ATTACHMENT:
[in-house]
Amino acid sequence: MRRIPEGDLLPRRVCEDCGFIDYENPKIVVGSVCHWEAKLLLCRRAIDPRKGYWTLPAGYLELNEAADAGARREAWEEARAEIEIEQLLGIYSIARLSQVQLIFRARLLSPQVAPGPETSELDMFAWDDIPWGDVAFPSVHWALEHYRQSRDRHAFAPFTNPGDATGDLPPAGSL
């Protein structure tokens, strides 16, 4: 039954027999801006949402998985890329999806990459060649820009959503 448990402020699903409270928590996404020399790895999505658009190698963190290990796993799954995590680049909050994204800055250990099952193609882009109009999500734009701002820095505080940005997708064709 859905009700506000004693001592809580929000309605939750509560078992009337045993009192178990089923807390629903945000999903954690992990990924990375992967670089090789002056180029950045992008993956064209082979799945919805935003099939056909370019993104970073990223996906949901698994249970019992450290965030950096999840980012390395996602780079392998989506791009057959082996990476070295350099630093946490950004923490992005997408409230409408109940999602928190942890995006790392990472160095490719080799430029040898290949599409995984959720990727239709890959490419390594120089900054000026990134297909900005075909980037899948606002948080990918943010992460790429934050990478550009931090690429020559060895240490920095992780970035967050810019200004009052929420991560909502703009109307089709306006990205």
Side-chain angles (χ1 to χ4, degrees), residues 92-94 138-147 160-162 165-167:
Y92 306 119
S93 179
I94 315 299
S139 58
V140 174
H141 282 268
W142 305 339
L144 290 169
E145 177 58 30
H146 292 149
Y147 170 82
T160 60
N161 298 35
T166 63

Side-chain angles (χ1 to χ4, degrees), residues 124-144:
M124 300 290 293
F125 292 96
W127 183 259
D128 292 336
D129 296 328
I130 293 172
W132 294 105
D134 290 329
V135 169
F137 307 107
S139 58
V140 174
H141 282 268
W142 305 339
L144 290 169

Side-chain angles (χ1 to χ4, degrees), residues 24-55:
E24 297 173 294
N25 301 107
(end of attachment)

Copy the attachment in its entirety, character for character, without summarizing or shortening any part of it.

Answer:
[in-house]
Amino acid sequence: MRRIPEGDLLPRRVCEDCGFIDYENPKIVVGSVCHWEAKLLLCRRAIDPRKGYWTLPAGYLELNEAADAGARREAWEEARAEIEIEQLLGIYSIARLSQVQLIFRARLLSPQVAPGPETSELDMFAWDDIPWGDVAFPSVHWALEHYRQSRDRHAFAPFTNPGDATGDLPPAGSL
């Protein structure tokens, strides 16, 4: 039954027999801006949402998985890329999806990459060649820009959503 448990402020699903409270928590996404020399790895999505658009190698963190290990796993799954995590680049909050994204800055250990099952193609882009109009999500734009701002820095505080940005997708064709 859905009700506000004693001592809580929000309605939750509560078992009337045993009192178990089923807390629903945000999903954690992990990924990375992967670089090789002056180029950045992008993956064209082979799945919805935003099939056909370019993104970073990223996906949901698994249970019992450290965030950096999840980012390395996602780079392998989506791009057959082996990476070295350099630093946490950004923490992005997408409230409408109940999602928190942890995006790392990472160095490719080799430029040898290949599409995984959720990727239709890959490419390594120089900054000026990134297909900005075909980037899948606002948080990918943010992460790429934050990478550009931090690429020559060895240490920095992780970035967050810019200004009052929420991560909502703009109307089709306006990205």
Side-chain angles (χ1 to χ4, degrees), residues 92-94 138-147 160-162 165-167:
Y92 306 119
S93 179
I94 315 299
S139 58
V140 174
H141 282 268
W142 305 339
L144 290 169
E145 177 58 30
H146 292 149
Y147 170 82
T160 60
N161 298 35
T166 63

Side-chain angles (χ1 to χ4, degrees), residues 124-144:
M124 300 290 293
F125 292 96
W127 183 259
D128 292 336
D129 296 328
I130 293 172
W132 294 105
D134 290 329
V135 169
F137 307 107
S139 58
V140 174
H141 282 268
W142 305 339
L144 290 169

Side-chain angles (χ1 to χ4, degrees), residues 24-55:
E24 297 173 294
N25 301 107